The Tanzania Petroleum Development Corporation (TPDC) is optimistic that Host Government Agreement (HGA) negotiations between the government and International Oil and Gas Companies (IOCs) on the Liquefied natural gas (LNG) are set to resume in January 2021.
This is after they stalled for about a year following the government’s decision to review Production Sharing Agreements (PSAs), which according to reports, Tanzania is seeking to scrap sections on the contract that seem tilted against it.
The government and project developers were initially expected to have concluded the negotiations September 2019, a key decision that could pave the way to the final investment decision to be made.
However, when contacted TPDC Communications manager Marie Msellemu told The Citizen that they were currently finalizing compensation for the land in Lindi for the LNG site including relocation.
“We accumulated interest for two years that we hope to finalize payment by end of this December,” she said. Though she declined to mention the amount.
Explaining further, she said once the payment was completed they would resume negotiations. This is while they would be awaiting final decision of the PSAs.
“We expect to finalize HGA negotiations on the East African Crude oil Pipeline (EACOP) this December and start negotiations on LNG in January, 2021.
The HGA negotiations have been on and off, after they initially stopped in 2017 due to technicalities and resumed in 2018 only to stall again.
Initially in 2017, they stopped because the IOCs could not agree on modalities together and therefore negotiations had to be stopped until it was agreed that they undertake it separately.
However, the negotiations resumed in April, 2018 but encountered a hitch after the PSA’s were taken to Attorney General (AG) for review.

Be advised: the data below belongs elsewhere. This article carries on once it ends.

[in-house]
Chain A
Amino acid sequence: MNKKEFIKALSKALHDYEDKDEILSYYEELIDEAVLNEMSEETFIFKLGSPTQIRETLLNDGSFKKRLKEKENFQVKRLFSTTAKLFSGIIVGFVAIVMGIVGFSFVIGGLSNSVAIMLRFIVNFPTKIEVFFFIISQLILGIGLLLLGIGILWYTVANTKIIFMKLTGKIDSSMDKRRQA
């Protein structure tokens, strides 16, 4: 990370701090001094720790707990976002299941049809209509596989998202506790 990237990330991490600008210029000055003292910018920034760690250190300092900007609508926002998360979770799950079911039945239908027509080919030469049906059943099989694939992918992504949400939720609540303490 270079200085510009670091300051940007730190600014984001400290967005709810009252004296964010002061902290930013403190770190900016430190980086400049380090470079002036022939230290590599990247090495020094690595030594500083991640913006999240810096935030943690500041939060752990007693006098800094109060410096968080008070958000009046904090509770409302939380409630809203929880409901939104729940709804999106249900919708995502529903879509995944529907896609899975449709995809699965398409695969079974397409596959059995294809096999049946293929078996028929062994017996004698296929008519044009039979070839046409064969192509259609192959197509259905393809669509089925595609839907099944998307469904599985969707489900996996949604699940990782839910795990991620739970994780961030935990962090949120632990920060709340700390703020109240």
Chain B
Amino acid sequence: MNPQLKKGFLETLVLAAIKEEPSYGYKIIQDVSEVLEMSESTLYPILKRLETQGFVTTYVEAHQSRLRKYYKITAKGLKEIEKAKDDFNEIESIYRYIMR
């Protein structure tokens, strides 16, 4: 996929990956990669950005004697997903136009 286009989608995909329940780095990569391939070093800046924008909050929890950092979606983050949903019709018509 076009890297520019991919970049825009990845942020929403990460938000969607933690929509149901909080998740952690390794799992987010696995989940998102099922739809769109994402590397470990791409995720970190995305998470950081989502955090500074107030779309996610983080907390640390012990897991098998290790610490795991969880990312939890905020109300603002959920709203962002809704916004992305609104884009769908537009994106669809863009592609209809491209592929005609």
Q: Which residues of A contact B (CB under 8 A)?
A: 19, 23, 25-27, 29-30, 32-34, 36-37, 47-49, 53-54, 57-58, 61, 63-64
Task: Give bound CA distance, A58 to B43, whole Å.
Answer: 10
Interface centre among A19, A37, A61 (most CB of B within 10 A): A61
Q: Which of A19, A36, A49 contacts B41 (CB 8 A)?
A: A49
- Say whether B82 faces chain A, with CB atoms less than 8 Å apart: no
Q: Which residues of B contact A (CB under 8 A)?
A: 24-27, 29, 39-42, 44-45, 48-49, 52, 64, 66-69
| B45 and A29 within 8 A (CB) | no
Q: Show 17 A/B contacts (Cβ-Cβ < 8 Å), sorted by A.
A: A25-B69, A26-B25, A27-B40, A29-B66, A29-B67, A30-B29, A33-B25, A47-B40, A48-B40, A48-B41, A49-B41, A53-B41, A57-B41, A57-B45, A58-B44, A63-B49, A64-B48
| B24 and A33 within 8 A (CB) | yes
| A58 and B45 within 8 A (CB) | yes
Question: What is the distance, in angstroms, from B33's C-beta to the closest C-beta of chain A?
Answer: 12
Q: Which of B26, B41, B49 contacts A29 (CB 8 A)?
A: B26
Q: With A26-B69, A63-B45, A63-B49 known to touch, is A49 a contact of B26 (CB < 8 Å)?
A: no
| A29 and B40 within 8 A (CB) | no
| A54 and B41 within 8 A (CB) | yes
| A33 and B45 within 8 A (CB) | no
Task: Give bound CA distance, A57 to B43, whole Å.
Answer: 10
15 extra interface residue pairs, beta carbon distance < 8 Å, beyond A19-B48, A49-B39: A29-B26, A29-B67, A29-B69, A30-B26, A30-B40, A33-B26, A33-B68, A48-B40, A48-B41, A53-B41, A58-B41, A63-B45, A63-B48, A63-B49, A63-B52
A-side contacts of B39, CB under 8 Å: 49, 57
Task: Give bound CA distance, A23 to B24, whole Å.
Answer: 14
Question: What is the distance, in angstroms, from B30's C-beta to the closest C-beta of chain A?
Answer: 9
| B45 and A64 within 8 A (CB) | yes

Earlier, TPDC had been optimistic that the negotiations would be completed by September 2019 and they would move to another level known as the Preparation for Front End Engineering Design (pre-FEED).
They had explained that the HGA key terms negotiations were running on schedule and hoped to wrap up as planned and that the next stage would be the pre-FEED (Preparation for Front End Engineering Design).
According to TPDC the pre- FEED is actually the design of the project including all matters that would be involved in the construction of the LNG project.
Meanwhile, partners in the project include Shell Tanzania together with its partners Ophir Energy and Pavilion Energy. Others include Equinor, Block 2 operator together with partner ExxonMobil.
While Tanzania’s LNG project is being delayed, its southern neighbour, Mozambique, is progressing with development.
Total Oil reached a US$20B Final Investment Decision in 2019 and was working out to deliver LNG in 2024.
Total’s project is one of several projects being developed in the country’s northernmost province of Cabo Delgado after one of the biggest gas finds in a decade off its coast. Together, the projects are worth some US$60B.
Rival Exxon Mobil delayed the final investment decision on its nearby Rovuma LNG gas project due to the coronavirus pandemic, and Mozambique expects the decision next year.
With 150 trillion cubic feet (TCF) of liquefied natural gas (LNG) reserves, equivalent to 24 billion barrels of oil, Mozambique is positioning itself as the world’s next big global energy player.
With about 57.7tcf of natural gas reserves, Tanzania also offers endless opportunities for investors in the oil and natural gas sectors.
Source: The Citizen